Tuesday, March 31, 2020 /02:57
AM / by Tsvetana Paraskova of Oilprice.com / Header Image
The unprecedented oil demand plunge in the COVID-19 pandemic is poised to change the oil sector forever, as fewer companies holding high-quality assets emerge after the downturn, Goldman Sachs said on Monday.
Despite another round of 'leaner and meaner' industry consolidation after the one from the previous price downturn in 2015-2016, the firms that make it through this price crash will still see capital expenditure constrained, the Wall Street bank warned.
"Big Oils will consolidate the best assets in the industry and will shed the worst ... when the industry emerges from this downturn, there will be fewer companies of higher asset quality, but the capital constraints will remain," Goldman Sachs analysts wrote in a note on Monday, as carried by Reuters.
According to the investment bank, the Saudi-Russian oil price war has been rendered irrelevant in the face of enormous demand destruction as major economies remain in lockdown, and demand for gasoline and jet fuel continues to tumble.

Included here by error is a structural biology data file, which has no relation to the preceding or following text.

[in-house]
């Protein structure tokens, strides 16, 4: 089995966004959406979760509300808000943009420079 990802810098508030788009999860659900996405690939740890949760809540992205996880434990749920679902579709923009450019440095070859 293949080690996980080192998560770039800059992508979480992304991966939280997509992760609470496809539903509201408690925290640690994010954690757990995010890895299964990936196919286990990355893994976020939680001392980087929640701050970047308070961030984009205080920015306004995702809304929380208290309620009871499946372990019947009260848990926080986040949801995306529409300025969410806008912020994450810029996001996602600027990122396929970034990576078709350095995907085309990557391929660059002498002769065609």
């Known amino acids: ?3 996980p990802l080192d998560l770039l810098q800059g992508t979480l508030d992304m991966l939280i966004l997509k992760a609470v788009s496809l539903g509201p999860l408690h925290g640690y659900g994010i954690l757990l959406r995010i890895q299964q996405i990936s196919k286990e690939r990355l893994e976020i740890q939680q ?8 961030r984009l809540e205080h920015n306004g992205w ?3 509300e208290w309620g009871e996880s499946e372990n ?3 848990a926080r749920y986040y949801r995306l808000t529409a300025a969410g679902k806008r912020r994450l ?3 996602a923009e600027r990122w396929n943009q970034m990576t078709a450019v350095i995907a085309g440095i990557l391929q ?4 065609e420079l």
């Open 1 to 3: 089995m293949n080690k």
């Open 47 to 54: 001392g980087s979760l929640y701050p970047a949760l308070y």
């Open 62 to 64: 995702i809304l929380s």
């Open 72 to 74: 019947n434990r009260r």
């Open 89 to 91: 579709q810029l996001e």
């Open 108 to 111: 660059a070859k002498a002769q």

"The oil price war is made irrelevant by the large decline in demand and has made a coordinated supply response impossible to achieve in time," Goldman Sachs said.
The bank said last week that global oil demand could plummet by 18.7 million bpd in April, which could deepen an expected demand plunge of 10.5 million bpd for March while the coronavirus pandemic continues to claim thousands of lives and keep major economies in lockdown.
This week, Goldman sees the world's oil consumption down by 26 million bpd, or down 25 percent compared to the typical global demand, as lockdowns and social-distancing and travel advisories now affect 92 percent of the world's gross domestic product (GDP), Bloomberg quoted Goldman Sachs as saying.
According to the investment bank, global oil demand from the airline sector and commuters may never return to the pre-coronavirus demand levels of around 16 million bpd.
But the current drop in demand, refinery run cuts, and well-head shut-ins could result in an oil shortage in the next few years, Goldman Sachs said.